|All Set In Santa Monica|
The day came to a close for Max as he arrived at his hotel in Santa Monica, California. Max had his priorities straight when he arrived. First task was to get some food, second was to do some laundry and the last was to get some sleep for his workout to come in the early morning. Max received word that Gegard Mousasi, his idol, had already planned out their workout for the morning and it was suggested that he get plenty of rest for the day to come. Max took the suggestion and was asleep well before midnight.
After two grueling hours on the highway, Max decided it was time to stop for some fast food. Max passed on several options before picking out Subway. A six inch turkey sandwich on wheat was just enough to keep Max going. Max also picked up some dried vegetable chips which he insisted were not only nutritious, but also extremely delicious. I had one bite of the dried beet and decided to forego the rest of Max’s offers to have more.
|A Fighter's Long Road|
TJ De Santis
“It’s been one hell of a ride today, literally,” says Max Martyniouk as he heads down California’s Interstate 5 from San Jose. Due to his late enrollment in the Sherdog MMA Fighter Exchange, Max has had to endure a five-hour car ride from San Jose to Los Angeles.
“I feel like the road isn’t ending,” says the lightweight. “I don’t want to be sitting in the car for thirty minutes, and it’s coming up on five hours.”
Max’s mentor, Gegard Mousasi, was fortunate enough to get on a plane early Sunday morning, arriving at his southern California hotel to rest before the first day of training.
“I have energy all of the time,” says Martyniouk, who seems unfazed when asked whether the trip will make him tired for his first day of training. “I am able to get a second wind in situations that I don’t have any energy left.”
Monday marks the first day of physical work for Martyniouk and Mousasi, but it’s the mental aspect which seems to be on Martyniouk’s mind.
“In the car today, I have been thinking about just getting that call, that contract.”
Tomorrow, Martyniouk will move one step closer to that goal.
TJ De Santis
No matter where in the world a fighter goes, whether for training or a fight, they’re almost always situated in a hotel room. The rooms come in many shapes and sizes, from five-star suites to scenes straight from the Bates Motel. The feel of the linens can vary, as can the smells and the service.
World traveler Gegard Mousasi knows he can always rely on one thing in his hotel rooms, though: the television.
Comfort is a necessity when you're constantly on the road. Whether you're a fighter, a businessman, or just traveling at your leisure, you have to be able to unwind. For the Mousasi brothers, a lot of that unwinding is done in their hotel beds, kicking back and watching television.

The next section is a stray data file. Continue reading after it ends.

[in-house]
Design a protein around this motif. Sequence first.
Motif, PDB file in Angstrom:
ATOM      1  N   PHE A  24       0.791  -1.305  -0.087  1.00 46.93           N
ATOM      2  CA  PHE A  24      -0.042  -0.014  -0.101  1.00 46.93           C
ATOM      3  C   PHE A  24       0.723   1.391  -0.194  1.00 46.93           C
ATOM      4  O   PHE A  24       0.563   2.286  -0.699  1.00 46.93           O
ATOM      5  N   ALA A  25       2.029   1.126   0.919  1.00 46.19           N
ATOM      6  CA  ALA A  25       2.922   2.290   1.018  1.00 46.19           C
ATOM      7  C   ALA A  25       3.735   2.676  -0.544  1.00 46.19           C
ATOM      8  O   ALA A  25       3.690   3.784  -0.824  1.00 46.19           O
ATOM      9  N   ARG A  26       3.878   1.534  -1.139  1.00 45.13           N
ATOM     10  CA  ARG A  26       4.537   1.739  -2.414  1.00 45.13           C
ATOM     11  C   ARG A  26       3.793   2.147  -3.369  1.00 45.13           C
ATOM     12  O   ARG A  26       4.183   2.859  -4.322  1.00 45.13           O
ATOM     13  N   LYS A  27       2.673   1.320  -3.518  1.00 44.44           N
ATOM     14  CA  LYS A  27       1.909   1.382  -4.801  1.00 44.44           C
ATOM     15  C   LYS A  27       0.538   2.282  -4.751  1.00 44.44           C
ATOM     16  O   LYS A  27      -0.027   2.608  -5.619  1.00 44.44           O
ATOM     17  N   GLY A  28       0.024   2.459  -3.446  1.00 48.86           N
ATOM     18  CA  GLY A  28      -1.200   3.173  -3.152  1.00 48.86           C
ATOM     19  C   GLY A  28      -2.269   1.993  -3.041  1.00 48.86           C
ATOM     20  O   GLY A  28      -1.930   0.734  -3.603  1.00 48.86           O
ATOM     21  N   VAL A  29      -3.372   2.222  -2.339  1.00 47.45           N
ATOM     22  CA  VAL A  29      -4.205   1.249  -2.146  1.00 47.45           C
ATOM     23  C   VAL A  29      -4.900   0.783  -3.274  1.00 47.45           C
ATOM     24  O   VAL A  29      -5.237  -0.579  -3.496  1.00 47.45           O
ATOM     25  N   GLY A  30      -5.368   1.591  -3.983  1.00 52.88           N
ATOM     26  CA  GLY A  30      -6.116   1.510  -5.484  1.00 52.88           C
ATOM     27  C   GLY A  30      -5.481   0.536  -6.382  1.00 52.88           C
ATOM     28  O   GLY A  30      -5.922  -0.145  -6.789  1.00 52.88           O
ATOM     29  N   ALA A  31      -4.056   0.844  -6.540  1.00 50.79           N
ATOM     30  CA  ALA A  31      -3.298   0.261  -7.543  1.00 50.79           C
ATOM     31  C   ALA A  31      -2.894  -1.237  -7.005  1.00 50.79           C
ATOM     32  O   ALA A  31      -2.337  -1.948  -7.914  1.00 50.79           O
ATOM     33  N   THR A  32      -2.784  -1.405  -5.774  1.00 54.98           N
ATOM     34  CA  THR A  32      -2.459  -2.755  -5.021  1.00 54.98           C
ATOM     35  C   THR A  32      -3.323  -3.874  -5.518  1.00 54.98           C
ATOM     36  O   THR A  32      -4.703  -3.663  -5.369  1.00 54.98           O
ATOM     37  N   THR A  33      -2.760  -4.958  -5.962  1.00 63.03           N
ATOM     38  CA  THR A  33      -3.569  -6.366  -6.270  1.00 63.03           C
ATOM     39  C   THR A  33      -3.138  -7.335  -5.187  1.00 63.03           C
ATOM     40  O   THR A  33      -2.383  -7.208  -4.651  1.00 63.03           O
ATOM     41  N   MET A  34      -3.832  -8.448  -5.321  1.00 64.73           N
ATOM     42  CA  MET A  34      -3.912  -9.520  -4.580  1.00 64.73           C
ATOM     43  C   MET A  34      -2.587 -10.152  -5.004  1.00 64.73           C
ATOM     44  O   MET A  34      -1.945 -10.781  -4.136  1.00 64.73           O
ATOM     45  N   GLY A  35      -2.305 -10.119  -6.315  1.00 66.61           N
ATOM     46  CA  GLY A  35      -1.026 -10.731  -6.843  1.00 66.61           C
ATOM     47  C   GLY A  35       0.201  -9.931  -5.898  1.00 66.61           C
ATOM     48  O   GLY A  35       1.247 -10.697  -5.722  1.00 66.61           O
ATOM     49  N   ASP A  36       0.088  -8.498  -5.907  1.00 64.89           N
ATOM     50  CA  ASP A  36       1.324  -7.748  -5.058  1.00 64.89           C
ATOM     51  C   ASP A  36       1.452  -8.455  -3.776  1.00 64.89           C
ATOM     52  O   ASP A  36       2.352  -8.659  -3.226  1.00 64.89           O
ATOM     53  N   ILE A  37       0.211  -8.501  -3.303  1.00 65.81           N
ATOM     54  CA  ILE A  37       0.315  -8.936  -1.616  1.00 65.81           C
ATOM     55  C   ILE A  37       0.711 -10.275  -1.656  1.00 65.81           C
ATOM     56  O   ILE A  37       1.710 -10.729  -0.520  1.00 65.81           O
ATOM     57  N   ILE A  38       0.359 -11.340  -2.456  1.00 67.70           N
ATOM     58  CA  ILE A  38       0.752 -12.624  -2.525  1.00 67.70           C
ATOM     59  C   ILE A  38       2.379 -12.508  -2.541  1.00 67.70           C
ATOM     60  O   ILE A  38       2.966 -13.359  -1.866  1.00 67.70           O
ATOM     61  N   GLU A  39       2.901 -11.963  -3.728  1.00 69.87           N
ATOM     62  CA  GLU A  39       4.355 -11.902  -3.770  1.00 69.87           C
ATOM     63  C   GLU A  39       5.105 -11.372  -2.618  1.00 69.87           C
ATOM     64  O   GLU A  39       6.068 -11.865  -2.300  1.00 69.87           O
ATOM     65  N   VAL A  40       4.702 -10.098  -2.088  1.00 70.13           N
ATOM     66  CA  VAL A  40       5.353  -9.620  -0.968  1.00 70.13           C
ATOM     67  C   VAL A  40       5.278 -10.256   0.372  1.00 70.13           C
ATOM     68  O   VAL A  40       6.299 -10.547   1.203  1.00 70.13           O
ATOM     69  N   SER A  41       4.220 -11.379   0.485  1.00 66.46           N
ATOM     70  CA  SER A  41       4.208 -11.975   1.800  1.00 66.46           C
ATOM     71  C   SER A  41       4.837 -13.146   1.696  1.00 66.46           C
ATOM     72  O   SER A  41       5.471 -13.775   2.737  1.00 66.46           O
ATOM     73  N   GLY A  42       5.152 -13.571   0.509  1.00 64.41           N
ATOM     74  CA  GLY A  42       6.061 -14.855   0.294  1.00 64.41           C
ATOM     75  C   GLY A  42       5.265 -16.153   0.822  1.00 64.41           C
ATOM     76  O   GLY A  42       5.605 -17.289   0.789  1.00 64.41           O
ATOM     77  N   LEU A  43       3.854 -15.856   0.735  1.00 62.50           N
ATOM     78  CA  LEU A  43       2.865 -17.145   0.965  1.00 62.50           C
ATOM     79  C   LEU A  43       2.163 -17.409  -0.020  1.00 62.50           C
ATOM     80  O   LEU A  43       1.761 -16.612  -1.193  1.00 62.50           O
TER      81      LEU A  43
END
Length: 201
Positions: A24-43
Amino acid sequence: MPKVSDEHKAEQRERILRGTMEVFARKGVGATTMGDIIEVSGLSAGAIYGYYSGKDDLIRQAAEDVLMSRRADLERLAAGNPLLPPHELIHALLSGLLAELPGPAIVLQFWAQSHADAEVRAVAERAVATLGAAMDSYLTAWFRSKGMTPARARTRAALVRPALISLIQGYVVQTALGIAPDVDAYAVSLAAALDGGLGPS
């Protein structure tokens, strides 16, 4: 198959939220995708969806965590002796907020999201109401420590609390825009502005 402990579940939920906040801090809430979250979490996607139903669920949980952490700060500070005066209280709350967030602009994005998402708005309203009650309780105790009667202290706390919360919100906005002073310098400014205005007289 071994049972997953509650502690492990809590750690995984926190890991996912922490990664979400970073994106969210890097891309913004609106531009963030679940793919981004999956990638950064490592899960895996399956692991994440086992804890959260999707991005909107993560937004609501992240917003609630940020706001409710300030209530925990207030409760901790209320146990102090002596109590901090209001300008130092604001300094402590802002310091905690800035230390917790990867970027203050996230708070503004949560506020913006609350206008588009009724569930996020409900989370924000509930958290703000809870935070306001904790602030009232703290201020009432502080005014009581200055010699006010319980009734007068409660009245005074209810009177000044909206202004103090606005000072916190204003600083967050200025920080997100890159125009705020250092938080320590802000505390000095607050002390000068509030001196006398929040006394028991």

Tomorrow will mark the first day of training. As I mentioned in a previous blog post, it seems that Mousasi already has some ideas for what he’d like to have Martyniouk do. I look forward to bringing you coverage of all that as it goes down.
|L.A. State of Mind|
TJ De Santis
Gegard Mousasi's mind started turning after checking in at his hotel in Los Angeles. There were many sights and sounds which caught the fighter’s attention, but one in particular piqued his interest.
Staring out over the beachfront behind the hotel, Mousasi spotted an outdoor gym. One of the cultural experiences of southern California is oceanside training.
In the veteran fighter’s mind, the thought of fun in the sun quickly turned to training ideas for his protégé, Max Martyniouk. Spotting an obstacle made of ropes, Mousasi smiled and said, "Those ropes are going to be good for Max.”
TJ De Santis
Travel day is never fun for a fighter, but for Gegard Mousasi and his brother, Gewik, traveling is something they’ve grown quite accustomed to. Having fought in Japan, Russia, the United Kingdom and America, the former Strikeforce light heavyweight champion has logged more than his fair share of airplane miles.
With that in mind, Sunday morning’s itinerary was a breeze. At 9 a.m., the two men boarded a regional jet in San Jose, headed to Los Angeles.
“I don't mind flying,” says Gegard. “Long flights are not too fun though.”
The Dutch-based fighter says he enjoys airlines which offer in-flight services such as personal televisions and other multimedia options.
Due to his last-minute enrollment in the program, Max Martyniouk’s journey to Los Angeles will be a bit more tedious. "Payne" will take the scenic route: traveling by car.